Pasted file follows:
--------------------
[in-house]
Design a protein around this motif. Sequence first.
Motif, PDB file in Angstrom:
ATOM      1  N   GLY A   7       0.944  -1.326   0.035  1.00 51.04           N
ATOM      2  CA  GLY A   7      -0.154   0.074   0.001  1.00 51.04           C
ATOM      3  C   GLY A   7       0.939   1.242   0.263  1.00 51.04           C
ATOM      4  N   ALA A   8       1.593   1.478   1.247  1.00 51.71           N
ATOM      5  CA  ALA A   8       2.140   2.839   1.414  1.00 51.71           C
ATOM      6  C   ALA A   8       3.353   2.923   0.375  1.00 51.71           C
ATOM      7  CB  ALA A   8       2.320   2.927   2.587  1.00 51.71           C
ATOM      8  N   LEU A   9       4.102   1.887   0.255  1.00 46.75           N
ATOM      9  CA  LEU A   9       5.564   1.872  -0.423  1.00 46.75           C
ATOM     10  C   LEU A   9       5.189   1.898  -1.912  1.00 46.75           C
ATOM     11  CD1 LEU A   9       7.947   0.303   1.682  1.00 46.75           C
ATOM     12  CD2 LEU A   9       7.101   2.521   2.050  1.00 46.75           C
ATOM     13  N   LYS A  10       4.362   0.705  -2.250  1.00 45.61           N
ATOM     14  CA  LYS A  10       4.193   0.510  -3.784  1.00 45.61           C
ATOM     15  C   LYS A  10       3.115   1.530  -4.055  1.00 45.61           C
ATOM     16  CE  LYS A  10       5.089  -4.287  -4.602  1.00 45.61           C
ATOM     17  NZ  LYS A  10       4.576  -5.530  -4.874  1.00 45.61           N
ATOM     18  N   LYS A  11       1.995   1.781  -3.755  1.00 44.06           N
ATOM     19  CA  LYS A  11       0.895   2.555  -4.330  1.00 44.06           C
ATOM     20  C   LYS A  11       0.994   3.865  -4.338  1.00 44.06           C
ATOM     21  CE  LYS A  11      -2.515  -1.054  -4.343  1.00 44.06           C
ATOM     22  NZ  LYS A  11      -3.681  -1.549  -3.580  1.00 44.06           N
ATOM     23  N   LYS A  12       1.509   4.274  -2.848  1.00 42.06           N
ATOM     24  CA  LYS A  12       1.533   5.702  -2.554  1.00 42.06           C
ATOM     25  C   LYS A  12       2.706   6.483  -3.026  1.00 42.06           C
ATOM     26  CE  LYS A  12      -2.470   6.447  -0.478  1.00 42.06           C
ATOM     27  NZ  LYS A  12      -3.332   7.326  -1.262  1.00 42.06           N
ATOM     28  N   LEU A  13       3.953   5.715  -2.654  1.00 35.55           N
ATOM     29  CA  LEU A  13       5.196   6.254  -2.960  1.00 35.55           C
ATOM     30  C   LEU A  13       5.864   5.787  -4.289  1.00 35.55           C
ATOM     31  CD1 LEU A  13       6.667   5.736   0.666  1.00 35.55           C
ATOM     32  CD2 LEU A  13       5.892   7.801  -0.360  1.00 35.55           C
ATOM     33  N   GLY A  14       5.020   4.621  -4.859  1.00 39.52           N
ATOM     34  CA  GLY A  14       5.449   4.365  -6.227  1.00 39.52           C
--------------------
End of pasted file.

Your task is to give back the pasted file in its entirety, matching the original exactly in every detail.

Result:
[in-house]
Design a protein around this motif. Sequence first.
Motif, PDB file in Angstrom:
ATOM      1  N   GLY A   7       0.944  -1.326   0.035  1.00 51.04           N
ATOM      2  CA  GLY A   7      -0.154   0.074   0.001  1.00 51.04           C
ATOM      3  C   GLY A   7       0.939   1.242   0.263  1.00 51.04           C
ATOM      4  N   ALA A   8       1.593   1.478   1.247  1.00 51.71           N
ATOM      5  CA  ALA A   8       2.140   2.839   1.414  1.00 51.71           C
ATOM      6  C   ALA A   8       3.353   2.923   0.375  1.00 51.71           C
ATOM      7  CB  ALA A   8       2.320   2.927   2.587  1.00 51.71           C
ATOM      8  N   LEU A   9       4.102   1.887   0.255  1.00 46.75           N
ATOM      9  CA  LEU A   9       5.564   1.872  -0.423  1.00 46.75           C
ATOM     10  C   LEU A   9       5.189   1.898  -1.912  1.00 46.75           C
ATOM     11  CD1 LEU A   9       7.947   0.303   1.682  1.00 46.75           C
ATOM     12  CD2 LEU A   9       7.101   2.521   2.050  1.00 46.75           C
ATOM     13  N   LYS A  10       4.362   0.705  -2.250  1.00 45.61           N
ATOM     14  CA  LYS A  10       4.193   0.510  -3.784  1.00 45.61           C
ATOM     15  C   LYS A  10       3.115   1.530  -4.055  1.00 45.61           C
ATOM     16  CE  LYS A  10       5.089  -4.287  -4.602  1.00 45.61           C
ATOM     17  NZ  LYS A  10       4.576  -5.530  -4.874  1.00 45.61           N
ATOM     18  N   LYS A  11       1.995   1.781  -3.755  1.00 44.06           N
ATOM     19  CA  LYS A  11       0.895   2.555  -4.330  1.00 44.06           C
ATOM     20  C   LYS A  11       0.994   3.865  -4.338  1.00 44.06           C
ATOM     21  CE  LYS A  11      -2.515  -1.054  -4.343  1.00 44.06           C
ATOM     22  NZ  LYS A  11      -3.681  -1.549  -3.580  1.00 44.06           N
ATOM     23  N   LYS A  12       1.509   4.274  -2.848  1.00 42.06           N
ATOM     24  CA  LYS A  12       1.533   5.702  -2.554  1.00 42.06           C
ATOM     25  C   LYS A  12       2.706   6.483  -3.026  1.00 42.06           C
ATOM     26  CE  LYS A  12      -2.470   6.447  -0.478  1.00 42.06           C
ATOM     27  NZ  LYS A  12      -3.332   7.326  -1.262  1.00 42.06           N
ATOM     28  N   LEU A  13       3.953   5.715  -2.654  1.00 35.55           N
ATOM     29  CA  LEU A  13       5.196   6.254  -2.960  1.00 35.55           C
ATOM     30  C   LEU A  13       5.864   5.787  -4.289  1.00 35.55           C
ATOM     31  CD1 LEU A  13       6.667   5.736   0.666  1.00 35.55           C
ATOM     32  CD2 LEU A  13       5.892   7.801  -0.360  1.00 35.55           C
ATOM     33  N   GLY A  14       5.020   4.621  -4.859  1.00 39.52           N
ATOM     34  CA  GLY A  14       5.449   4.365  -6.227  1.00 39.52           C